I’ve observed that there are typically 2 ‘sides’ / camps when it comes to the subject of pumpkin spice.
People either really, really, REALLY love it. Or, they absolutely despise it.
Let’s face it: come September-October in the USA, we see a LOT of pumpkin-spice(d) stuff get thrown at us from food retailers and grocery stores. You can pretty much find a pumpkin spice flavored everything; cookies, doughnuts, candies, chips, cake mixes, lattes, coffee creamers, booze. There are pumpkin spice flavored savory dishes served in restaurants (which I think, depending on the ingredients may not be so bad)
Pumpkin spice scented candles and Glades make appearances. I’ve even seen pumpkin spice scented bathroom spray down the toiletries aisle of one my local grocery stores- which, I think is taking it a little too far.
There’s pumpkin spice scented shampoo, lotion and body soap. Again, I feel pretty sure that this is taking it too far; why would you want to literally ‘smell’ like pumpkin spice? Why can’t we just let our pumpkin spice obsession stay in its lane, in areas that it can shine the best without being too extra or just plain ridiculous?
You know a really good place/fit for pumpkin spice? Baked goods.
There are very very few baked goods that can’t be improved with pumpkin spice.
I found that out when I adapted a recipe I saw in Rachael Ray magazine for cut out style cookies that were meant to mimic the flavors of a spice cake. What with all the pumpkin spice craze going on, I thought that maybe I could try and apply it to something that makes sense. The flavors of pumpkin spice and spice cake actually aren’t all that different from one another, so I figured that it couldn’t be that hard to pull off successfully.
Turns out, I was right.
So what I did here was adjust the flavors of the base spice cake cookie dough. Then, just to be “cute” with it, used pumpkin shaped cookie cutters and made an orange hard icing to spread on top with some Halloween sprinkles.
As cut out cookies should be, these are thick and soft with just the right amount of chew. And heating them up for about 10 seconds in the microwave makes them practically melt in your mouth. The pumpkin spice is noticeably prominent but still SO good. You really do get the feeling that you’re eating a pumpkin flavored spice cake- except it’s a cookie. And a really good one at that, which means I’m really happy with how these turned out.
Happy Halloween to all of you wonderful people, especially those at this week’s Fiesta Friday #92.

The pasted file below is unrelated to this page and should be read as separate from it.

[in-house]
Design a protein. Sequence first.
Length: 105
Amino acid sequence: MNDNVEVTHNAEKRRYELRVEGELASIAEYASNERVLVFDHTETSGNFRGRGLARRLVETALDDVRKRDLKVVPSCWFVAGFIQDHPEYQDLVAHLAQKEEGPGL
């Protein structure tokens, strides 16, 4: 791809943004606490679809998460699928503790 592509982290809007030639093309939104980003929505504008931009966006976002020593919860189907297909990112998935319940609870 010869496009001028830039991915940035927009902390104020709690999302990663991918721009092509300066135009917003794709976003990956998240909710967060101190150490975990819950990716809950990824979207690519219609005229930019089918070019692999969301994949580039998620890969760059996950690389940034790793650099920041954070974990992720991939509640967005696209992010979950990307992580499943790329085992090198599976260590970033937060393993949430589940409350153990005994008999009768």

Pumpkin Spice Cake Cutouts
Recipe Adapted from Rachael Ray Magazine
- 2 1/2 cups flour
- 1 1/2 tsp. ground cinnamon
- 1 tsp. baking soda
- 1 tsp. ground ginger
- 1/2 tsp. allspice
- 1/4 tsp. ground cardamom
- 1 tsp. pumpkin pie spice
- 1 tsp. salt
- 2 sticks (8 0z.) butter, at room temperature
- 3/4 cup sugar
- 3/4 cup light brown sugar, packed
- 2 eggs
- 3 1/3 cups confectioners’ sugar, plus more as needed
- 3 tablespoons light corn syrup
- 3 tablespoons hot water
- Orange food coloring (Red and Yellow Mixed together)
- Orange and Black Nonpareils
For the Cookies:
In a medium bowl, whisk the flour, cinnamon, baking soda, ginger, allspice, cardamom, pumpkin pie spice and salt. In a large bowl, using an electric mixer at medium speed, beat the butter and both sugars, occasionally scraping down the bowl, until light and fluffy, about 3 minutes.
Add the eggs one at a time, beating to blend between additions. Reduce speed to low; add the flour mixture and beat until just blended. Divide the dough in half; flatten into two disks. Wrap in plastic and refrigerate until firm, about 2 hours, or overnight.
Position the racks in the upper and lower thirds of the oven; preheat to 350 degrees Fahrenheit. Working with one dough disk at a time, roll out on a lightly floured surface to 1/4 inch thick. Cut out cookies with a three inch cookie cutter. Gather up scraps, roll out again, refrigerating the dough if too soft to cut. Place cookies 1 inch apart on 2 parchment lined baking sheets; refrigerate 15 minutes.
Bake cookies, rotating sheets halfway through until golden around the edges, 10 to 15 minutes. Transfer cookies to wire racks and let cool completely. Repeat with remaining dough.
For the Icing:
Whisk first 4 ingredients together in a small bowl. If icing is too thin to sit on cookies without running off, then add more confectioner sugar, 1 tbsp. at a time. Sprinkle cookies with nonpareils. Let cookies stand until icing sets and is fully firm, about 1 hour.